The decisions that are taken around a replacement for the CAP may mean that farmers get more support to manage natural resources (soil, clean water, biodiversity, etc) as well as producing food. Or the CAP replacement could be much more limited, focusing on government-backed insurance schemes or other stabilising mechanisms to cushion UK farming against volatile markets and other Brexit-related shocks.

A failure to - at the very least - replicate existing level of environmental protection could have far-reaching consequences for the environment. The recent 2016 State of Nature report highlighted that we are amongst the most nature-depleted countries in the world and identified agricultural policy as the most significant driver of decline in our wildlife and our biodiversity.

F. Devolution issues

Agriculture policy is entirely devolved to Scotland, Wales and Northern Ireland. So in principle, each part of the UK is free to pursue whatever policy it chooses. However, trade policy is reserved to Westminster and, as noted above, tariffs and access are an important element of agriculture policy. Funding of subsidies will depend on each administration determining its priorities from its own funding settlement.

There is a potentially significant risk that competition will be distorted between the four countries of the UK as they pursue markedly different policies. For example, if re-nationalisation of agricultural policy results in variations in standards of implementation or differently targeted subsidies within the UK, it will mean producers are not operating on a level playing field. This could potentially impact on the production and trade in raw materials within the UK.

In addition, the three devolved Governments will be deeply concerned about the trade arrangements for beef and sheep. Livestock production is dominant in all three countries. Their priorities are likely to be very different from those in London. Northern Ireland will feel especially vulnerable to competition from the South and will almost certainly want to give equivalent support to that received by southern Irish farmers.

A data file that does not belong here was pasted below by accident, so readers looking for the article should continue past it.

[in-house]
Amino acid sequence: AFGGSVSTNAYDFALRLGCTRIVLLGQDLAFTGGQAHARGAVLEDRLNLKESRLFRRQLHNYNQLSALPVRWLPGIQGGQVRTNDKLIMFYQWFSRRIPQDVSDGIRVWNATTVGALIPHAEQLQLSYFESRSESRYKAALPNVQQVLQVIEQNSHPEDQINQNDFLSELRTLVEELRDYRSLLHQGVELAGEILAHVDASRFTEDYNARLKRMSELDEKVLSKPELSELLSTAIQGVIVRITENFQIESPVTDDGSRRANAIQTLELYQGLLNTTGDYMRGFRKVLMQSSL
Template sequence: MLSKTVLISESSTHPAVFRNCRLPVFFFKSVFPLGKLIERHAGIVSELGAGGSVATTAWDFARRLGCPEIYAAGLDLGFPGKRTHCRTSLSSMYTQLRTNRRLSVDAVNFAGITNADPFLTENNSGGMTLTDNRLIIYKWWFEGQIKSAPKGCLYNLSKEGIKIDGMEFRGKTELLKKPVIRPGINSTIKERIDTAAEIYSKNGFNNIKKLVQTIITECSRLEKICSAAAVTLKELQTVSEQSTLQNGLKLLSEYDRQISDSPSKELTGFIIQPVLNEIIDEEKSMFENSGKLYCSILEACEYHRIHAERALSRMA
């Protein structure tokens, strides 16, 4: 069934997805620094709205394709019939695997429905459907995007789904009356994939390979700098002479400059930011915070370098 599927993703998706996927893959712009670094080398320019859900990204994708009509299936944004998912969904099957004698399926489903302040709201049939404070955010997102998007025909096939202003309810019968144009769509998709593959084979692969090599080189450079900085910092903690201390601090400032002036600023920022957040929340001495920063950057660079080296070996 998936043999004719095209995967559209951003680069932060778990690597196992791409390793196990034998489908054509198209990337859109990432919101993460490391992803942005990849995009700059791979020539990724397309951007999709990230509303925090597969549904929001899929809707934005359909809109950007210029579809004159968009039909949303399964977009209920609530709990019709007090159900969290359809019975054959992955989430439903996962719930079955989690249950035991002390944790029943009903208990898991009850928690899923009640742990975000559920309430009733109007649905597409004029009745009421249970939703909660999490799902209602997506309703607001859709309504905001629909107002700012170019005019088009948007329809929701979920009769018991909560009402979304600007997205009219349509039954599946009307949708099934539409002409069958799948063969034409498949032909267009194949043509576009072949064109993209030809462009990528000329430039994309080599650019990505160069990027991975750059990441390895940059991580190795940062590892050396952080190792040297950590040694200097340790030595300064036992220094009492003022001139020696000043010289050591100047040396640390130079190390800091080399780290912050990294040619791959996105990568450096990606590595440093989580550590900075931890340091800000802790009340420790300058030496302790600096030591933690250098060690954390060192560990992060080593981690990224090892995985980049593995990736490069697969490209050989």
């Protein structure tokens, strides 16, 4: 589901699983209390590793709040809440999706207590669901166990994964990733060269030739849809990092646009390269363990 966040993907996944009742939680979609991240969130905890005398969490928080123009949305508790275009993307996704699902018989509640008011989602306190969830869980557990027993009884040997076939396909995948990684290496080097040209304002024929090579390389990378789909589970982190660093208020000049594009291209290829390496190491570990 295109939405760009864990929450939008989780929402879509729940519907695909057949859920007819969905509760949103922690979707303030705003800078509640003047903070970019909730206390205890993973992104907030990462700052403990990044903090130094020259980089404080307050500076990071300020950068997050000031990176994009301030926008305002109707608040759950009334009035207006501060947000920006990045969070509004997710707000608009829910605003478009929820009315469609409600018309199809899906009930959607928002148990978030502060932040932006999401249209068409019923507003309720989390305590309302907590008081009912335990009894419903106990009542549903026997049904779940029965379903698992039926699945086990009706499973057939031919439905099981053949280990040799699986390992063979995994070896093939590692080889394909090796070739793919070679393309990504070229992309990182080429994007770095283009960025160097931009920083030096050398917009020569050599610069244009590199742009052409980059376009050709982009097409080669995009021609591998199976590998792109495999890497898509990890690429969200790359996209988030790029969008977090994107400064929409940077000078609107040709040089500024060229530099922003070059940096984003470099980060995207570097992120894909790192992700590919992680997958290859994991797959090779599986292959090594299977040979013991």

Conclusion

It is clear from this analysis that Brexit could have far-reaching negative effects on the British food and farming industries. Some parts of the sector are already experiencing financial pain due to currency fluctuations arising from deep uncertainty about the future regulatory framework.

Other parts of the sector appear to be vulnerable to a series of shocks which will inevitably follow from a ‘Hard Brexit’: workforce shortages; the loss of preferential access to key markets in Europe and further afield; tariff barriers; customs checks; and worries about competitiveness arising from the loss of subsidies and tariff protections. Given the interdependence of the UK and European markets, British consumers will face further price rises in the run-up to Brexit and in its immediate aftermath.

The questions that need to be answered

  1. How do Ministers intend to bridge the gap between the end of the Article 50 process and the signing of Free Trade Agreement with the EU? Do they accept that a transitional deal is essential?
  2. Given the need for a smooth transition for farm businesses, how and when will the government consult on the design of a comprehensive UK agricultural policy?
  3. Will the government guarantee the right of EU workers, who are essential to the production of food in the UK, to stay after the UK leaves the EU?
  4. How will the UK seek to determine its share of the Tariff Rate Quotas that currently guarantee low-cost imports of key food products?
  5. How will the UK’s international obligations under the UN Convention on the Law of the Sea affect its ability to renegotiate fishing quotas?
  6. Will the UK limit access to its waters for foreign fleets? Will fishing rights be traded for other benefits?
  7. Will government undertake to protect UK farmers from cheap food imports produced to lower standards?
  8. Will existing EU food and drink regulations be copied in their entirety into UK law? What role will parliament have in scrutinising this process?
  9. Will new EU food and drink regulations be automatically incorporated into UK law? If so, how does this constitute ‘taking back control?’ If not, how will the government prevent the development of non-tariff barriers to trade?
  10. What will happen to CAP payments after 2020? How will the government ensure that UK farming retains its competitive position vis-à-vis highly subsidised EU producers?
  11. Will a future system of farming subsidies be fully devolved to Scotland, Wales and Northern Ireland? If so, how will Ministers ensure a level playing field between the nations of the UK?
  12. How is it possible for Ireland to fulfil its legal obligations under the EU Customs Union without establishing a hard border between North and South? How will the government protect integrated businesses operating on both sides of the Irish border?